In March 2016, Peter Hargreaves — the founder of Hargreaves Lansdown Financial Services — joined Leave.EU, one of the two major campaigns (alongside Vote Leave) focused on convincing Britons to vote to leave the EU.

Hargreaves reportedly donated more to the Leave campaign than any other single person. The exact amount is unknown but according to experts he donated around £3.2m of his own money to the campaign.

Hargreaves trained as an accountant before moving into computer sales and founded Hargreaves Lansdown from a bedroom in 1981.

Hargreaves maintained his position of CEO of the company until he stepped down in 2010. Hargreaves Lansdown proved a huge success and in 2017, Hargreaves placed in 51st position on the Sunday Times Rich List worth a reported £2.315bn.

Why was Hargreaves against Britain staying in the EU?

Aside from merely backing the Leave campaign financially, Hargreaves also wrote letters to around 15m UK households asking for support.

He explains that his opposition to the EU is based on mistrust of EU bureaucracy. Speaking to FTAdviser he said:

I believe the UK will prosper, I just believe the UK will prosper more if we don’t have the bureaucracy of the EU around our necks.

On the Today Show, Hargreaves explained that it was his belief that keeping the all 28 nations happy made trading with EU difficult and ultimately hampered Britain’s trading abilities.

He suggested that Britain could look to the Commonwealth to negotiate free trade deals.

Hargreaves also explained that the period of financial instability for the UK after leaving the EU would spur businesses to improve.

I’m firmly convinced, that day – hopefully – we decide to leave, that little bit of insecurity, that little bit of unknown will be an absolute fillip to everyone. It will be a great incentive for us to go out and prove that it’s right. When Singapore became independent from Malaysia, that little insecurity that they were no longer part of Malaysia, it was an inspiration. I honestly think that would be good for us too.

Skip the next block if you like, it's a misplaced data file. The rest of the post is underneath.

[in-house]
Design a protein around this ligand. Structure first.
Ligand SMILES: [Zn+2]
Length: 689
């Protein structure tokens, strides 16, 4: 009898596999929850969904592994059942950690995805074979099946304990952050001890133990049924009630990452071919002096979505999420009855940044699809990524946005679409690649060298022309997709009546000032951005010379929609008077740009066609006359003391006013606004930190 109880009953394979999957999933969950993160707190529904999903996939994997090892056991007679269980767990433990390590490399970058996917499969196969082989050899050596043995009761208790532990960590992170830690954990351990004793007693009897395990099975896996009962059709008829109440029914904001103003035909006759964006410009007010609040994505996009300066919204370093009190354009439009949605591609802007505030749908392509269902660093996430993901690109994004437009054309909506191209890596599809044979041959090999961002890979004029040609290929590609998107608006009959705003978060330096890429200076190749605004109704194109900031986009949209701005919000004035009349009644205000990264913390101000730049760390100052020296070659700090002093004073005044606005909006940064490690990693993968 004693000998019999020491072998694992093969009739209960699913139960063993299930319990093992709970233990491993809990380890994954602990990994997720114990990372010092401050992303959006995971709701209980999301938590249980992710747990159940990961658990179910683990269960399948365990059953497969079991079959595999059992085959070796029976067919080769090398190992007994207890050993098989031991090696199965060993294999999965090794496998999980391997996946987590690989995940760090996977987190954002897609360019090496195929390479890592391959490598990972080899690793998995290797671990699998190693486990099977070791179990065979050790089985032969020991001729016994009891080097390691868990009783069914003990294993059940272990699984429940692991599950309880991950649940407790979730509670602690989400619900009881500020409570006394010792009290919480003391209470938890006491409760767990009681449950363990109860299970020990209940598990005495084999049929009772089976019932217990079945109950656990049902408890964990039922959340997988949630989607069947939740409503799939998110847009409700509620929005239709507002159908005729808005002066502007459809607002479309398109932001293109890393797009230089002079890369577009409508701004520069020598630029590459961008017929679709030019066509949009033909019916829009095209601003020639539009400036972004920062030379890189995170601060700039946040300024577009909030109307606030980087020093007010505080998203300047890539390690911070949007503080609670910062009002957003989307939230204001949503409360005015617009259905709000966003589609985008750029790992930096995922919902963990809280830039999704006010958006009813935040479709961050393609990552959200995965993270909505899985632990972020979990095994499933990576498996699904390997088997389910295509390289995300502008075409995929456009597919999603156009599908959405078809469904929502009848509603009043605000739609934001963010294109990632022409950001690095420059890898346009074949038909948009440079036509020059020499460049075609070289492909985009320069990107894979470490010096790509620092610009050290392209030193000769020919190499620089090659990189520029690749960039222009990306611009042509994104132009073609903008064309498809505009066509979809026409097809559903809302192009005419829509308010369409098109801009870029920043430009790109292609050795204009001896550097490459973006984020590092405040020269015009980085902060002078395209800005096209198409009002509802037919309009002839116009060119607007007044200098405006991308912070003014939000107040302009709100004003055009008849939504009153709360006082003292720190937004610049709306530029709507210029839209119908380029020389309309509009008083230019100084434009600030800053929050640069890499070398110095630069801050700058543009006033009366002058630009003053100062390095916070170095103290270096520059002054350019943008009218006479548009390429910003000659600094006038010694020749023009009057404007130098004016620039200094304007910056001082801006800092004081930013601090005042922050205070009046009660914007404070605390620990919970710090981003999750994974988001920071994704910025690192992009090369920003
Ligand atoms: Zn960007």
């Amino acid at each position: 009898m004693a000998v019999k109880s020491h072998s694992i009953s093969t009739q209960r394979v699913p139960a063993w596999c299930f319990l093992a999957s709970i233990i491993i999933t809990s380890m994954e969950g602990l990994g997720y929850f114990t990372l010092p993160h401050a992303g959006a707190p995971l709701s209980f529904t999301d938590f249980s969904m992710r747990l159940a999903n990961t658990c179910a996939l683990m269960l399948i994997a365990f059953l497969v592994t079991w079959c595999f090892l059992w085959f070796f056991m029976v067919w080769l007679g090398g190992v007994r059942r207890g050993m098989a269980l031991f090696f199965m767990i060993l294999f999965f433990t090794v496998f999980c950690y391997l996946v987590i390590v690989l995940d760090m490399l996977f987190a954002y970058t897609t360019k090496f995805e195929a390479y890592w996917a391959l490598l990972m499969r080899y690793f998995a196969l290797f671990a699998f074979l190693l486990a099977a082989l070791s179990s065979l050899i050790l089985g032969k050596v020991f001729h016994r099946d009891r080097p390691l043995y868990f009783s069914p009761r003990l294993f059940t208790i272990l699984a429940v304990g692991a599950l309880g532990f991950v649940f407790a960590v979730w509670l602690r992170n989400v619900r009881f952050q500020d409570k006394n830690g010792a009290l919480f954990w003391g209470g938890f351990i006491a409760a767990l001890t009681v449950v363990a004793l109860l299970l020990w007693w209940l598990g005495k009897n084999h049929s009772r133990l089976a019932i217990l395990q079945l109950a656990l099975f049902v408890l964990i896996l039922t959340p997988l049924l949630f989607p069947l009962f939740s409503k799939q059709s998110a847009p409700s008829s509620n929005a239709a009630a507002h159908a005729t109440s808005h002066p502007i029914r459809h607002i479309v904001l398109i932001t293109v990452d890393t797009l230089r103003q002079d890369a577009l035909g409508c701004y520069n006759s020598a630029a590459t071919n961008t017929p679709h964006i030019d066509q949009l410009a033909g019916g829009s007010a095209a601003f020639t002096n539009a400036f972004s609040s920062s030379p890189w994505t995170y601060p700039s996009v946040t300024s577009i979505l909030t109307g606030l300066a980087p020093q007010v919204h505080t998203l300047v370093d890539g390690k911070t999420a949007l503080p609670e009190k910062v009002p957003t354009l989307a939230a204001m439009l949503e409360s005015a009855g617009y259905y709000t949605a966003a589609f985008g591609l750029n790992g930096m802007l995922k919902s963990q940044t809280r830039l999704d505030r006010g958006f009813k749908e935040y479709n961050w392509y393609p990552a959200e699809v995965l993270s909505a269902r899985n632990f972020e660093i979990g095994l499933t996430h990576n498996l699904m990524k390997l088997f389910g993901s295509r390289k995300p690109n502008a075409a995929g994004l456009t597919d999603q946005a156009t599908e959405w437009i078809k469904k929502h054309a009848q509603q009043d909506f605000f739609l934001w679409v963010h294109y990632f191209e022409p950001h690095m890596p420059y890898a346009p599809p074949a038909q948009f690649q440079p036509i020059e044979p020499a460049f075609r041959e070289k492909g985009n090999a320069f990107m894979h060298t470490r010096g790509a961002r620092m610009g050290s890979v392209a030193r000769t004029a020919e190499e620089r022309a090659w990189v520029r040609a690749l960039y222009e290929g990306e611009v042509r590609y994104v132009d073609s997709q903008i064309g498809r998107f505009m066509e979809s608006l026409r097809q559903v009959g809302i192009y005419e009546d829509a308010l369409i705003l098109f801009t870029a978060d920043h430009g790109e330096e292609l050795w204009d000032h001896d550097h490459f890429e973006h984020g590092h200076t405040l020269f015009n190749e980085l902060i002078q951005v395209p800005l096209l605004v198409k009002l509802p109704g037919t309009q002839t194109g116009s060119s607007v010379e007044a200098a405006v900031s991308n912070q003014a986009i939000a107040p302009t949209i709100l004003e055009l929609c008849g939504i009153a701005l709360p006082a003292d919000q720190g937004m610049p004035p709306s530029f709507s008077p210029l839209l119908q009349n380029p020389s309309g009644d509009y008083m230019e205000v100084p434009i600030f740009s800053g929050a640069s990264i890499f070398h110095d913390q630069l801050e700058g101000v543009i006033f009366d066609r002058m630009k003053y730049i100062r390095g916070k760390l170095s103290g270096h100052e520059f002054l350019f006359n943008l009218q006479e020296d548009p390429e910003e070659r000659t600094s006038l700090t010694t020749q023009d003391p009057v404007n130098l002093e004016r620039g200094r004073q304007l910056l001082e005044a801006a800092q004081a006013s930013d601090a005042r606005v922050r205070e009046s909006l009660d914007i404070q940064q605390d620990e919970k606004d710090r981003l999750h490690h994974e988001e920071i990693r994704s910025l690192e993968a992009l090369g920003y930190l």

What does Hargreaves think after the fact?

After the Brexit referendum came and went Hargreaves was adamant that he was on the right side of the debate.

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On the other hand, Hargreaves lost £400m in the stock market meltdown that followed the referendum. However, rather than being troubled by the loss, the businessman was defiant in his statement to the Evening Standard:

It will be the biggest stimulus for British business that I’ve seen since 1992. For FTSE 100 companies, many of whom make their earnings abroad, when those earnings are translated into sterling, it’s going to make them very profitable. After we left the exchange rate mechanism in 1992, we rose from the ashes like a phoenix, and by 1997 had a trade surplus and a balanced budget. Why should it be any different now?

The Hargreaves Lansdown head office in Bristol


In addition, Hargreaves has called upon Theresa May to guarantee the right of EU nationals to stay in the UK. In a statement to the Observer he said:

People who are doing great jobs in this country are feeling insecure and I think it would be really good for those people to have the comfort that we are not going to boot them out in 18 months’ time. I just think we should make the gesture, full stop. I don’t think there should be a quid pro quo, I just think we should make the gesture. They would look pretty churlish if they didn’t [reciprocate by guaranteeing the status of UK nationals in the EU]… Most of those [EU nationals] are in work and adding to our economy. We are going to be very selective about who we let in in the future, but I think there should have been that comfort given, because they came under different circumstances.

Ultimately, Hargreaves position comes down to his views on business and finance. It seems he genuinely believes Britain would be more profitable outside the EU.